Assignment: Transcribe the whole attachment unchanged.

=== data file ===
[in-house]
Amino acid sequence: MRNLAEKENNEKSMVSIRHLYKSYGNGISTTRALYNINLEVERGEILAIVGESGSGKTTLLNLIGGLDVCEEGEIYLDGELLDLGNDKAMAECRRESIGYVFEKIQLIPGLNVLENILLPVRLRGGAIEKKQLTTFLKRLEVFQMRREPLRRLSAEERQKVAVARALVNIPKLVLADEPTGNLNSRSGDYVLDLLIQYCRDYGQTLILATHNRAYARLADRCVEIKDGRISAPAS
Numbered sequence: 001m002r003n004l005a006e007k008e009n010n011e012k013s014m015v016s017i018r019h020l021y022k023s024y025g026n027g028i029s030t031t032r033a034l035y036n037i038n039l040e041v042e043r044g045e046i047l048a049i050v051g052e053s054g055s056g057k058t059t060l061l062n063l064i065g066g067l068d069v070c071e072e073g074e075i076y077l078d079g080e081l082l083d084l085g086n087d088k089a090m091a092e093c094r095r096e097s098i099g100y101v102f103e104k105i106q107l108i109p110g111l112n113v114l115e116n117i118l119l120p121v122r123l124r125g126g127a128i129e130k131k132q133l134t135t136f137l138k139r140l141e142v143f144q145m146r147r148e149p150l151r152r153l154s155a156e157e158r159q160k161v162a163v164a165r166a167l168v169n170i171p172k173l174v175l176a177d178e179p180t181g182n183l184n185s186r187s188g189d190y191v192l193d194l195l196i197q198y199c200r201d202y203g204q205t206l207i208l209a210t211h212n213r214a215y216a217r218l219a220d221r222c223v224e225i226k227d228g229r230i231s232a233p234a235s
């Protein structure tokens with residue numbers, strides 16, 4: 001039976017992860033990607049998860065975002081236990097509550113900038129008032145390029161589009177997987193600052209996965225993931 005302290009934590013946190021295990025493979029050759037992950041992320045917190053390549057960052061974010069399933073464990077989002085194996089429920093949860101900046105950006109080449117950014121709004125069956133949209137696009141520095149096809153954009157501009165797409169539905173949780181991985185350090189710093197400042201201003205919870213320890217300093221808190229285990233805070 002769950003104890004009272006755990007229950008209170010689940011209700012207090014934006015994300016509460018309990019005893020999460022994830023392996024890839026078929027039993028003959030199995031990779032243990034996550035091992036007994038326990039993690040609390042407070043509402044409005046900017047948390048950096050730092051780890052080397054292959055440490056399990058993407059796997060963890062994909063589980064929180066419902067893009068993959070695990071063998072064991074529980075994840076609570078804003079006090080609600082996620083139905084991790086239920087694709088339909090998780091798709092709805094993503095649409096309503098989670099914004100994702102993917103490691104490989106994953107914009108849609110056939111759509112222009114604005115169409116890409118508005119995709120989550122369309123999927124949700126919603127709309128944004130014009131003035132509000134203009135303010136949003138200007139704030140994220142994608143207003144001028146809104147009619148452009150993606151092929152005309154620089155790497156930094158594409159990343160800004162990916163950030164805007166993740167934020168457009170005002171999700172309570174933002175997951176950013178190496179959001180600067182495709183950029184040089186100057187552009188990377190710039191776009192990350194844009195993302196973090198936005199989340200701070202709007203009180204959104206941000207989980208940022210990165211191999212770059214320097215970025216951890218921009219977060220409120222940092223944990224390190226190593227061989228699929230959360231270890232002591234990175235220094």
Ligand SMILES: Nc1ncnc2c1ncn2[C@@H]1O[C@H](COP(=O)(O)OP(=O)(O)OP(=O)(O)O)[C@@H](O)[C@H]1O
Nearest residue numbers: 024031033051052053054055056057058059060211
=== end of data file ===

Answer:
[in-house]
Amino acid sequence: MRNLAEKENNEKSMVSIRHLYKSYGNGISTTRALYNINLEVERGEILAIVGESGSGKTTLLNLIGGLDVCEEGEIYLDGELLDLGNDKAMAECRRESIGYVFEKIQLIPGLNVLENILLPVRLRGGAIEKKQLTTFLKRLEVFQMRREPLRRLSAEERQKVAVARALVNIPKLVLADEPTGNLNSRSGDYVLDLLIQYCRDYGQTLILATHNRAYARLADRCVEIKDGRISAPAS
Numbered sequence: 001m002r003n004l005a006e007k008e009n010n011e012k013s014m015v016s017i018r019h020l021y022k023s024y025g026n027g028i029s030t031t032r033a034l035y036n037i038n039l040e041v042e043r044g045e046i047l048a049i050v051g052e053s054g055s056g057k058t059t060l061l062n063l064i065g066g067l068d069v070c071e072e073g074e075i076y077l078d079g080e081l082l083d084l085g086n087d088k089a090m091a092e093c094r095r096e097s098i099g100y101v102f103e104k105i106q107l108i109p110g111l112n113v114l115e116n117i118l119l120p121v122r123l124r125g126g127a128i129e130k131k132q133l134t135t136f137l138k139r140l141e142v143f144q145m146r147r148e149p150l151r152r153l154s155a156e157e158r159q160k161v162a163v164a165r166a167l168v169n170i171p172k173l174v175l176a177d178e179p180t181g182n183l184n185s186r187s188g189d190y191v192l193d194l195l196i197q198y199c200r201d202y203g204q205t206l207i208l209a210t211h212n213r214a215y216a217r218l219a220d221r222c223v224e225i226k227d228g229r230i231s232a233p234a235s
């Protein structure tokens with residue numbers, strides 16, 4: 001039976017992860033990607049998860065975002081236990097509550113900038129008032145390029161589009177997987193600052209996965225993931 005302290009934590013946190021295990025493979029050759037992950041992320045917190053390549057960052061974010069399933073464990077989002085194996089429920093949860101900046105950006109080449117950014121709004125069956133949209137696009141520095149096809153954009157501009165797409169539905173949780181991985185350090189710093197400042201201003205919870213320890217300093221808190229285990233805070 002769950003104890004009272006755990007229950008209170010689940011209700012207090014934006015994300016509460018309990019005893020999460022994830023392996024890839026078929027039993028003959030199995031990779032243990034996550035091992036007994038326990039993690040609390042407070043509402044409005046900017047948390048950096050730092051780890052080397054292959055440490056399990058993407059796997060963890062994909063589980064929180066419902067893009068993959070695990071063998072064991074529980075994840076609570078804003079006090080609600082996620083139905084991790086239920087694709088339909090998780091798709092709805094993503095649409096309503098989670099914004100994702102993917103490691104490989106994953107914009108849609110056939111759509112222009114604005115169409116890409118508005119995709120989550122369309123999927124949700126919603127709309128944004130014009131003035132509000134203009135303010136949003138200007139704030140994220142994608143207003144001028146809104147009619148452009150993606151092929152005309154620089155790497156930094158594409159990343160800004162990916163950030164805007166993740167934020168457009170005002171999700172309570174933002175997951176950013178190496179959001180600067182495709183950029184040089186100057187552009188990377190710039191776009192990350194844009195993302196973090198936005199989340200701070202709007203009180204959104206941000207989980208940022210990165211191999212770059214320097215970025216951890218921009219977060220409120222940092223944990224390190226190593227061989228699929230959360231270890232002591234990175235220094």
Ligand SMILES: Nc1ncnc2c1ncn2[C@@H]1O[C@H](COP(=O)(O)OP(=O)(O)OP(=O)(O)O)[C@@H](O)[C@H]1O
Nearest residue numbers: 024031033051052053054055056057058059060211